Sunday, April 18, 2010

Bill O'Reilly gives Black Audience Advice on Race Relations?

O'Reilly at Sharpton’s Conference: "We pretty much dropped that race stuff after 9/11"

Fox News host Bill O'Reilly received a courteous welcome after Rev. Al Sharpton introduced him to a largely black audience during the National Action Network's Conference last week. The warm and fuzzes quickly evaporated after O’Reilly offered advice on improving race relations in America.

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“It’s a much more interesting country America, if we stop with the race business. I mean, I’m not black, so I don’t know your struggle … and you don’t know my struggle, alright, because you’re not white.” The O'Reilly Factor host earned himself a noticeable round of boos after explaining how Americans “pretty much dropped that race stuff,” when we rallied after the 9/11 terrorist attacks.


( O'Reilly asks Sharpton to explain why he was booed at the event: Click Here )

O’Reilly, is trapped in his own spin zone if he thinks the so-called “race business” has disappeared after 2001. Wasn’t this the same guy who, while hosting an inner-city charity fundraiser in 2003 (click here for more), jokingly asked if the black performers were out in the parking lot “stealing our hubcaps."

The “race stuff” wasn’t over in 2005 when O’Reilly claimed that many of the poor “thugs” in New Orleans failed to evacuate before Hurricane Katrina because "they were drug-addicted" and "weren't going to get turned off from their source." And wasn’t it O’Reilly who found himself thunderstruck by the nonexistence of uncivil, expletive-hurling black folk when he visited Sylvia’s, a famous Harlem restaurant? That O’Reilly jewel was covered by Media Matters for America (Click here for story):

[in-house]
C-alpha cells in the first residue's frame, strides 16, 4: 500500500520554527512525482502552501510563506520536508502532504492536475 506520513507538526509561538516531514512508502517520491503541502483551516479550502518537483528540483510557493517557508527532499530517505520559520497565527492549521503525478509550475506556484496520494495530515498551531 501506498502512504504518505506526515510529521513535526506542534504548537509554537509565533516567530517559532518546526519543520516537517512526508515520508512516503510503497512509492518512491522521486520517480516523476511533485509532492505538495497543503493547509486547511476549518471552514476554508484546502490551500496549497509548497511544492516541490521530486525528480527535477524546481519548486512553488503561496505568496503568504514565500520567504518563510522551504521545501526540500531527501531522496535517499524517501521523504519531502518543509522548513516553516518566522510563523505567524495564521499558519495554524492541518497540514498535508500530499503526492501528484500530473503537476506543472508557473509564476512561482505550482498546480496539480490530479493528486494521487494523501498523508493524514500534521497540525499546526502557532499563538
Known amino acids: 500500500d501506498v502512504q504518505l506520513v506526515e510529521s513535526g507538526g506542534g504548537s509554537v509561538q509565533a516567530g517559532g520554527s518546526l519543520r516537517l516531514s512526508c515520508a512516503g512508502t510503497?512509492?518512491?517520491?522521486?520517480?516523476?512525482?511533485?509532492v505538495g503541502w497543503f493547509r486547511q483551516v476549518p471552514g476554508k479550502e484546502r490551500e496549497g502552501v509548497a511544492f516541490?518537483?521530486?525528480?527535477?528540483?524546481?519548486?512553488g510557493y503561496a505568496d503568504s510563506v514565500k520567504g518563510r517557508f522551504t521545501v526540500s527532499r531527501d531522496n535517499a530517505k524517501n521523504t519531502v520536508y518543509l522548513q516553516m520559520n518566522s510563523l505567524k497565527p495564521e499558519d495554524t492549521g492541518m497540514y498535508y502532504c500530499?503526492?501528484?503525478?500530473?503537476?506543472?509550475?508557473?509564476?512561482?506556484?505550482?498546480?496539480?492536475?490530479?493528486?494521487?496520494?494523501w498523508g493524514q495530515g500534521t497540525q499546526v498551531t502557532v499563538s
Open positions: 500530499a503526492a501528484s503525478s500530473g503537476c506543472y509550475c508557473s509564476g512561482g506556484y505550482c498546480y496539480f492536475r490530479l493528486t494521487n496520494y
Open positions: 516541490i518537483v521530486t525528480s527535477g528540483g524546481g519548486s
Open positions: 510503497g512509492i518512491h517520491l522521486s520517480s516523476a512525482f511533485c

Bill O'Reilly: "I couldn't get over the fact that there was no difference between Sylvia's restaurant and any other restaurant in New York City. I mean, it was exactly the same, even though it's run by blacks, primarily black patron-ship." Later, during a discussion with National Public Radio senior correspondent and Fox News contributor Juan Williams about the effect of rap on culture, O'Reilly asserted: "There wasn't one person in Sylvia's who was screaming, 'M-Fer, I want more iced tea.' You know, I mean, everybody was -- it was like going into an Italian restaurant in an all-white suburb in the sense of people were sitting there, and they were ordering and having fun. And there wasn't any kind of craziness at all."

If the “race business” was over in 2001, why was O’Reilly obsessed with Michael Jackson’s skin color in 2009? Even before he was buried, O’Reilly insisted the pop star was unworthy of black adulation because he “bleached his own skin” and allowed “white men to provide existence for his in-vitro children.”



I’m not sure if Sharpton’s black audience or O’Reilly himself understands the white “struggles” he mentioned on stage. I am convinced, however, that the audience, like other blacks across the country knows that “race” still plays a role in the disproportionate black poverty, unemployment, drop-out and death rates from treatable diseases. It is the reason why so many unarmed black men are shot dead by police officers and why there are more young black men in the nation’s prisons than its colleges.

There are heavy doses of arrogance poured into O’Reilly’s spin cycle. It’s the only rational for the grandiose illusion of a race-baiter trying to convince black people that the “race stuff” is over.